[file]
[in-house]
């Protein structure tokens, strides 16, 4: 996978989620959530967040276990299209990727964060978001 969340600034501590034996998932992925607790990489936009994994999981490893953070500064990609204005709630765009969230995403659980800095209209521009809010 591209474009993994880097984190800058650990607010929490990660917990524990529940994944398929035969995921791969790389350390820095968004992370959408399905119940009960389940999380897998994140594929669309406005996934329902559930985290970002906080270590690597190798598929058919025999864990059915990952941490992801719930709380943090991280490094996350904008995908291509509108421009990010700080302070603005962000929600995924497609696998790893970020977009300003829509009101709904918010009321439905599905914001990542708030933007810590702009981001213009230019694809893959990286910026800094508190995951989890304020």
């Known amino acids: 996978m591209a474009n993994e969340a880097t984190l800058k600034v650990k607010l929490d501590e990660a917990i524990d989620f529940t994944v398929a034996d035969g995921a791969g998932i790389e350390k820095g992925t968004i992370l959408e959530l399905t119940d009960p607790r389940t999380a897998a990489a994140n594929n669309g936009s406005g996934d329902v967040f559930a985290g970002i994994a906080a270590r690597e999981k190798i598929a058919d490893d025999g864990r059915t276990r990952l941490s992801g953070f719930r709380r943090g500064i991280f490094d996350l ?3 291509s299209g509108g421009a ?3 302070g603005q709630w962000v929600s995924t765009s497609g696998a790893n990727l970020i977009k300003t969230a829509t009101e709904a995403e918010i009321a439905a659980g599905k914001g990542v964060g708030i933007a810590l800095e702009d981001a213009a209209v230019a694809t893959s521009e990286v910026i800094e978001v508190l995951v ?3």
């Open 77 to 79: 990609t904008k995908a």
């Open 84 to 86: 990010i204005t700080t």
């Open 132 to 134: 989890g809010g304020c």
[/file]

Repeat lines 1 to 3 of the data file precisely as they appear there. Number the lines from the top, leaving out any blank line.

[in-house]
């Protein structure tokens, strides 16, 4: 996978989620959530967040276990299209990727964060978001 969340600034501590034996998932992925607790990489936009994994999981490893953070500064990609204005709630765009969230995403659980800095209209521009809010 591209474009993994880097984190800058650990607010929490990660917990524990529940994944398929035969995921791969790389350390820095968004992370959408399905119940009960389940999380897998994140594929669309406005996934329902559930985290970002906080270590690597190798598929058919025999864990059915990952941490992801719930709380943090991280490094996350904008995908291509509108421009990010700080302070603005962000929600995924497609696998790893970020977009300003829509009101709904918010009321439905599905914001990542708030933007810590702009981001213009230019694809893959990286910026800094508190995951989890304020």
């Known amino acids: 996978m591209a474009n993994e969340a880097t984190l800058k600034v650990k607010l929490d501590e990660a917990i524990d989620f529940t994944v398929a034996d035969g995921a791969g998932i790389e350390k820095g992925t968004i992370l959408e959530l399905t119940d009960p607790r389940t999380a897998a990489a994140n594929n669309g936009s406005g996934d329902v967040f559930a985290g970002i994994a906080a270590r690597e999981k190798i598929a058919d490893d025999g864990r059915t276990r990952l941490s992801g953070f719930r709380r943090g500064i991280f490094d996350l ?3 291509s299209g509108g421009a ?3 302070g603005q709630w962000v929600s995924t765009s497609g696998a790893n990727l970020i977009k300003t969230a829509t009101e709904a995403e918010i009321a439905a659980g599905k914001g990542v964060g708030i933007a810590l800095e702009d981001a213009a209209v230019a694809t893959s521009e990286v910026i800094e978001v508190l995951v ?3």